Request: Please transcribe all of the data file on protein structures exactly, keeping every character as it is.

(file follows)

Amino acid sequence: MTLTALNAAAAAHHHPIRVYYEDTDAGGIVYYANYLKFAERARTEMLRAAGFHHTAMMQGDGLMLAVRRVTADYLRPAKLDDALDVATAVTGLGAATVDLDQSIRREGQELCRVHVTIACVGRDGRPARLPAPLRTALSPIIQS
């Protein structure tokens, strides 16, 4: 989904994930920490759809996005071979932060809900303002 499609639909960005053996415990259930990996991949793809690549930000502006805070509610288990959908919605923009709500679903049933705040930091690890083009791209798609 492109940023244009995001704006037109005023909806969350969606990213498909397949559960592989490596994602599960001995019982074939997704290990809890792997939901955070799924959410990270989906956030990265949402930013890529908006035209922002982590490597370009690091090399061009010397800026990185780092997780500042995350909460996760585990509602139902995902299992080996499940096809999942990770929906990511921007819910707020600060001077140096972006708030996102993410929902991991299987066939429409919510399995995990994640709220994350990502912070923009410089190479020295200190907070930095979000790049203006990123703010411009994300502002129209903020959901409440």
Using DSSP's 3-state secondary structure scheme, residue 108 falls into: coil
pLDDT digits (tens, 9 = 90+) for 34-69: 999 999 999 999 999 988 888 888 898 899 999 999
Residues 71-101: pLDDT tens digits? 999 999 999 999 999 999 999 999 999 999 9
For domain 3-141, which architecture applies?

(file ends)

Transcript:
Amino acid sequence: MTLTALNAAAAAHHHPIRVYYEDTDAGGIVYYANYLKFAERARTEMLRAAGFHHTAMMQGDGLMLAVRRVTADYLRPAKLDDALDVATAVTGLGAATVDLDQSIRREGQELCRVHVTIACVGRDGRPARLPAPLRTALSPIIQS
């Protein structure tokens, strides 16, 4: 989904994930920490759809996005071979932060809900303002 499609639909960005053996415990259930990996991949793809690549930000502006805070509610288990959908919605923009709500679903049933705040930091690890083009791209798609 492109940023244009995001704006037109005023909806969350969606990213498909397949559960592989490596994602599960001995019982074939997704290990809890792997939901955070799924959410990270989906956030990265949402930013890529908006035209922002982590490597370009690091090399061009010397800026990185780092997780500042995350909460996760585990509602139902995902299992080996499940096809999942990770929906990511921007819910707020600060001077140096972006708030996102993410929902991991299987066939429409919510399995995990994640709220994350990502912070923009410089190479020295200190907070930095979000790049203006990123703010411009994300502002129209903020959901409440």
Using DSSP's 3-state secondary structure scheme, residue 108 falls into: coil
pLDDT digits (tens, 9 = 90+) for 34-69: 999 999 999 999 999 988 888 888 898 899 999 999
Residues 71-101: pLDDT tens digits? 999 999 999 999 999 999 999 999 999 999 9
For domain 3-141, which architecture applies?